Under the new law, member states will offer citizens and businesses digital wallets that will be able to link their national digital identities with proof of other personal attributes (e.g., driving licence, diplomas, bank account). Citizens will be able to prove their identity and share electronic documents from their digital wallets with a click of a button on their mobile phone.
The new European digital identity wallets will enable all Europeans to access online services with their national digital identification, which will be recognised throughout Europe, without having to use private identification methods or unnecessarily sharing personal data. User control ensures that only information that needs to be shared will be shared.
Concluding the initial provisional agreement
Since the initial provisional agreement on some of the main elements of the legislative proposal at the end of June this year, a thorough series of technical meetings followed in order to complete a text that allowed the finalisation of the file in full. Some relevant aspects agreed by the co-legislators today are:
- the e-signatures: the wallet will be free to use for natural persons by default, but member states may provide for measures to ensure that the free-of-charge use is limited to non-professional purposes
- the wallet’s business model: the issuance, use and revocation will be free of charge for all natural persons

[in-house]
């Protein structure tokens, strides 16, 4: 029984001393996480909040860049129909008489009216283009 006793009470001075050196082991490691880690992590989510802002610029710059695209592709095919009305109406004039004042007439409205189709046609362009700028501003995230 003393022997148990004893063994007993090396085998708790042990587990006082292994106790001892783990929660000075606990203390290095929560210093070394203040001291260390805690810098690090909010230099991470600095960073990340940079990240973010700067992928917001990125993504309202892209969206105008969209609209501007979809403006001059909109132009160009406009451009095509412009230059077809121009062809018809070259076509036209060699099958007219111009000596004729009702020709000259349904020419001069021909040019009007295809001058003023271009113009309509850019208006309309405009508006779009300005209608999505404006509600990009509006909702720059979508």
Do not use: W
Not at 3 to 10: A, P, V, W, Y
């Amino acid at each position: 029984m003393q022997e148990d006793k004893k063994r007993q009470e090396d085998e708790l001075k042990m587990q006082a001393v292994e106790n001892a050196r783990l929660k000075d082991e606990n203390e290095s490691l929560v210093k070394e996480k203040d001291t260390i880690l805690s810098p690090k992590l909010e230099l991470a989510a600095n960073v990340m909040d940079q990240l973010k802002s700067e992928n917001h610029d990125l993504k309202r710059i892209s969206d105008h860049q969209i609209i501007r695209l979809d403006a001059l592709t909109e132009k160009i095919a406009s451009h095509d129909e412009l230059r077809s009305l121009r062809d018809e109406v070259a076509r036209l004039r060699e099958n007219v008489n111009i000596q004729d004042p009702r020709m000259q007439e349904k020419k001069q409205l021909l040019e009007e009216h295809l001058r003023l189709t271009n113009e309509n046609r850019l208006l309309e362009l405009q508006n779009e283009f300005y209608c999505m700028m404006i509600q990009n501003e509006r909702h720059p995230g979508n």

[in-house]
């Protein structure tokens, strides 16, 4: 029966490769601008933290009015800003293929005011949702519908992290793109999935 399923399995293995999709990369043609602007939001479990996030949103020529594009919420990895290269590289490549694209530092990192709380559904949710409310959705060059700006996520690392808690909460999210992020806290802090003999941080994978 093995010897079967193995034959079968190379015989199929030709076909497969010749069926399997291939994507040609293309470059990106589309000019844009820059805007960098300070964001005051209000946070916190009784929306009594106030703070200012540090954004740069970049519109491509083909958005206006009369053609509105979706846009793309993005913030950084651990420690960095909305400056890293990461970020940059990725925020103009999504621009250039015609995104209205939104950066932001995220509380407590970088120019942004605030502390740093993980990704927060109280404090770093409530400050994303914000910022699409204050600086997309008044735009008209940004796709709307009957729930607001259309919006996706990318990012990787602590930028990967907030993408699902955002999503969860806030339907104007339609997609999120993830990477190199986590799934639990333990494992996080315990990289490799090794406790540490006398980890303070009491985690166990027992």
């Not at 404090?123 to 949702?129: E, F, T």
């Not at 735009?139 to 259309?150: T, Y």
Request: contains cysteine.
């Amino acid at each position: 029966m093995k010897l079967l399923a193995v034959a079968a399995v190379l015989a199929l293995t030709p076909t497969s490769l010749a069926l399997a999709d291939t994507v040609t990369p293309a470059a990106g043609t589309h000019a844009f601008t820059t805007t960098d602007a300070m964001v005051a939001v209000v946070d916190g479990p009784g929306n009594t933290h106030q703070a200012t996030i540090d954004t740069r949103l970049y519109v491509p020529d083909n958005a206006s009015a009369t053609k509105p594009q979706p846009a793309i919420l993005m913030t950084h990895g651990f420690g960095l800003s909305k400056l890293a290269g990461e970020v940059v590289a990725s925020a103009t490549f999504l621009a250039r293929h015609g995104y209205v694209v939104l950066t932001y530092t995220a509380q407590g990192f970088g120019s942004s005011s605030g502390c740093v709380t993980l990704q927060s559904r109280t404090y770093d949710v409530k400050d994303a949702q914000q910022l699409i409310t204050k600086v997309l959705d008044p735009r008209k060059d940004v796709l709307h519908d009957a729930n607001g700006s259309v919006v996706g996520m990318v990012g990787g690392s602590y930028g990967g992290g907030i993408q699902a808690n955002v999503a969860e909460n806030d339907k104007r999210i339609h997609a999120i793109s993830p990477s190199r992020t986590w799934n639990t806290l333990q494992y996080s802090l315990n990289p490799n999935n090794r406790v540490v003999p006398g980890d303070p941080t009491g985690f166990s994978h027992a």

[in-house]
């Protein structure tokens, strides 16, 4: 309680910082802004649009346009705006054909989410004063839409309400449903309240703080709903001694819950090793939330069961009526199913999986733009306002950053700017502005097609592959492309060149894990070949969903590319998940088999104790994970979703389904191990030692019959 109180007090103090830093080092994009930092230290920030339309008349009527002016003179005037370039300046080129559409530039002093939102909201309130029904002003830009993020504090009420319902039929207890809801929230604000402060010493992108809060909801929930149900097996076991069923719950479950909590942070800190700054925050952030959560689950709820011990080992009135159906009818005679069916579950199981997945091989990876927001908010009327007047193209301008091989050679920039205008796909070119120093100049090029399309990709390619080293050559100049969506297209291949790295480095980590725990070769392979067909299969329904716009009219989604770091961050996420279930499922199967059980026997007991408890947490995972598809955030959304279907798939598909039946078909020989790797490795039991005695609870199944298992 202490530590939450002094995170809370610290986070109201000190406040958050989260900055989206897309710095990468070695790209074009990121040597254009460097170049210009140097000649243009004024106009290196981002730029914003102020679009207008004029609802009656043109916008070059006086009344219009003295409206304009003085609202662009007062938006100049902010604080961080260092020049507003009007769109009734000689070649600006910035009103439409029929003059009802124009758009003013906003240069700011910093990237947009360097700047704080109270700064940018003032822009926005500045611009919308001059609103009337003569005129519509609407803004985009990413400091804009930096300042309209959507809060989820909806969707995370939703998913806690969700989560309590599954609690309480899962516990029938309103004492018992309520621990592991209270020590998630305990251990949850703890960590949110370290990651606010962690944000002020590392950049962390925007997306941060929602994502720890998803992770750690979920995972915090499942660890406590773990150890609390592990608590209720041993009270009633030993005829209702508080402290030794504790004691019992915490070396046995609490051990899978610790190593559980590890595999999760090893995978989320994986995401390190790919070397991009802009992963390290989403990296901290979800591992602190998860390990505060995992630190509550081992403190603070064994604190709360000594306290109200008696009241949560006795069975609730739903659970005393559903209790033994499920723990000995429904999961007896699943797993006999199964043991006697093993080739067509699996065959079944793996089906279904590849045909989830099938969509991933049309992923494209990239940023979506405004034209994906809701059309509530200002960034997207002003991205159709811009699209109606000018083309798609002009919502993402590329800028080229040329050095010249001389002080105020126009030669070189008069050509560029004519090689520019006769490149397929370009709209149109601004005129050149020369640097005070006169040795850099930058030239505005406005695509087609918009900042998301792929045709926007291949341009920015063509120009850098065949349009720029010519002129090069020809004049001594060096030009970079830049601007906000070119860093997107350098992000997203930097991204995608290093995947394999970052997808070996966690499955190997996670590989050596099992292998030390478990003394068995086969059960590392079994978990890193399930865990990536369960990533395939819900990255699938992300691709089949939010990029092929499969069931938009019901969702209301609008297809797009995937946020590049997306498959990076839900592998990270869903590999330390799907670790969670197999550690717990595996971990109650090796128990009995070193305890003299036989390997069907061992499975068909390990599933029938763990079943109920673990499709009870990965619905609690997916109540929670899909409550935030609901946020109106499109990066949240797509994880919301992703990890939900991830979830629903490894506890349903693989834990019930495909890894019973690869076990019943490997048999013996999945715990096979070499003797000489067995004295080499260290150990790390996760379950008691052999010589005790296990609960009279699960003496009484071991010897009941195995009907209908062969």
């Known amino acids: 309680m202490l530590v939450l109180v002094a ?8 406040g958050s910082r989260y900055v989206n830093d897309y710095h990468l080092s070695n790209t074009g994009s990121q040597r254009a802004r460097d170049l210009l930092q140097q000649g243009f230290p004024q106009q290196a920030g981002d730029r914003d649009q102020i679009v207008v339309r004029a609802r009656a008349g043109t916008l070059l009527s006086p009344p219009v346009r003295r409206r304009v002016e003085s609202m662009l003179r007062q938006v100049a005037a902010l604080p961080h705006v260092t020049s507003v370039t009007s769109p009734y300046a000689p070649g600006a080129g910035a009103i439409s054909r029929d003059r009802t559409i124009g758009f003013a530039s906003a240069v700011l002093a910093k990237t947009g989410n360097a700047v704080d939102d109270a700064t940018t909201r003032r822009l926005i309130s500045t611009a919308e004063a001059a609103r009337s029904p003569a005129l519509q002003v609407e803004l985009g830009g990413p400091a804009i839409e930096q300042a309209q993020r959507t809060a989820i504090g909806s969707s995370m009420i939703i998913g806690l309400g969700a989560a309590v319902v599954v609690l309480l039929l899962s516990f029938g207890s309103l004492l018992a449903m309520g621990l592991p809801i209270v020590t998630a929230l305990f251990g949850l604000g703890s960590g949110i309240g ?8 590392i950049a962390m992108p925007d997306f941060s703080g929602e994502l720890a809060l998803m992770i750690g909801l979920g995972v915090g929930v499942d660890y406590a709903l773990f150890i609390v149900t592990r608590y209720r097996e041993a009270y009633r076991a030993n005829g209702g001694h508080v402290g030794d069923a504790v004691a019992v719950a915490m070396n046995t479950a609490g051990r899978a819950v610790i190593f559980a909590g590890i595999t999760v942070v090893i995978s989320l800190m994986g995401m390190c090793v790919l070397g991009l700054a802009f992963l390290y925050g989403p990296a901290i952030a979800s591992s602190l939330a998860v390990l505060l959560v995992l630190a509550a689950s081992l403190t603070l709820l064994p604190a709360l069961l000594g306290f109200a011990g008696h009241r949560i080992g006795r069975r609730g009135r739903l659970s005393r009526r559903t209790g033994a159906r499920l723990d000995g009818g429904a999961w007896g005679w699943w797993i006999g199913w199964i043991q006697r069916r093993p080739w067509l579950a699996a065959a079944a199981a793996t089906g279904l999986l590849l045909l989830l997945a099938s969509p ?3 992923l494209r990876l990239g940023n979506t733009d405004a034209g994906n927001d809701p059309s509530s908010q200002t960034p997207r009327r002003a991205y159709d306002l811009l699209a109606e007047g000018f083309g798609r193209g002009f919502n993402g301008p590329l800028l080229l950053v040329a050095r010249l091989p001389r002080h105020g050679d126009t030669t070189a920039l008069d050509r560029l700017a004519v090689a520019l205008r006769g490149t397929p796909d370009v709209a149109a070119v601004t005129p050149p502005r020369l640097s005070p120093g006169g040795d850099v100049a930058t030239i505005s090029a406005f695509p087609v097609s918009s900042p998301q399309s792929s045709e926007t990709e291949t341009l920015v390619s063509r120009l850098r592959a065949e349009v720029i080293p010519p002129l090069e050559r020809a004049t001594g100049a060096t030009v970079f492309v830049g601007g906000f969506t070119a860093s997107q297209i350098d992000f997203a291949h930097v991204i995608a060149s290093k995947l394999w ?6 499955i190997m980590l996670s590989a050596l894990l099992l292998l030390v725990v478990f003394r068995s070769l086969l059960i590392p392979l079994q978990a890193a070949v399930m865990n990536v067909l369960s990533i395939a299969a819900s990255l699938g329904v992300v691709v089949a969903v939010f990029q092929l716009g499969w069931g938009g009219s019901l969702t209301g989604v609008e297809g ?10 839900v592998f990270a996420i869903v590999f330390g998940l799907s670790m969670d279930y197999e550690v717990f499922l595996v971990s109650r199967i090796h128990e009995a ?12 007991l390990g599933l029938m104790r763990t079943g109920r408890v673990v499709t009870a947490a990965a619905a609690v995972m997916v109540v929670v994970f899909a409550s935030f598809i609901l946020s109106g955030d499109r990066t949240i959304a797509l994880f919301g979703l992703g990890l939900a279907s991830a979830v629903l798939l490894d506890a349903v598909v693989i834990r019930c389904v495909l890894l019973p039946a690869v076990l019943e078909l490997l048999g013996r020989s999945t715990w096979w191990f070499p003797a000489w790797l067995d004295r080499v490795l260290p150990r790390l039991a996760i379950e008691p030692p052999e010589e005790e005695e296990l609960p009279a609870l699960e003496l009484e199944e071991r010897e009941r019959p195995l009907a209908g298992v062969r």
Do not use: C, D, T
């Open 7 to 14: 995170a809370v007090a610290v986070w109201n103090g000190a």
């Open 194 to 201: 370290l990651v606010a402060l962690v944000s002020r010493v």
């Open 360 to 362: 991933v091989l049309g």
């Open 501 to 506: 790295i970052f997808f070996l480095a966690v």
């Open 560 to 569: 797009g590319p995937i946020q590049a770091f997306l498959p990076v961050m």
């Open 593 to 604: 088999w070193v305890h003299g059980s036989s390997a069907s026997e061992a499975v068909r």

- the validation of electronic attestation of attributes: member states shall provide free-of-charge validation mechanisms only to verify the authenticity and validity of the wallet and of the relying parties’ identity
- the code for the wallets: the application software components will be open source, but member states are granted necessary leeway so that, for justified reasons, specific components other than those installed on user devices may not be disclosed
- consistency between the wallet as an eID means and the underpinning scheme under which it is issued has been ensured
Finally, the revised law clarifies the scope of the qualified web authentication certificates (QWACs), which ensures that users can verify who is behind a website, while preserving the current well-established industry security rules and standards.
Technical work will continue to complete the legal text in accordance with the provisional agreement. When finalised, the text will be submitted to the member states’ representatives (Coreper) for endorsement. Subject to a legal/linguistic review, the revised regulation will then need to be formally adopted by the Parliament and the Council before it can be published in the EU’s Official Journal and enter into force.
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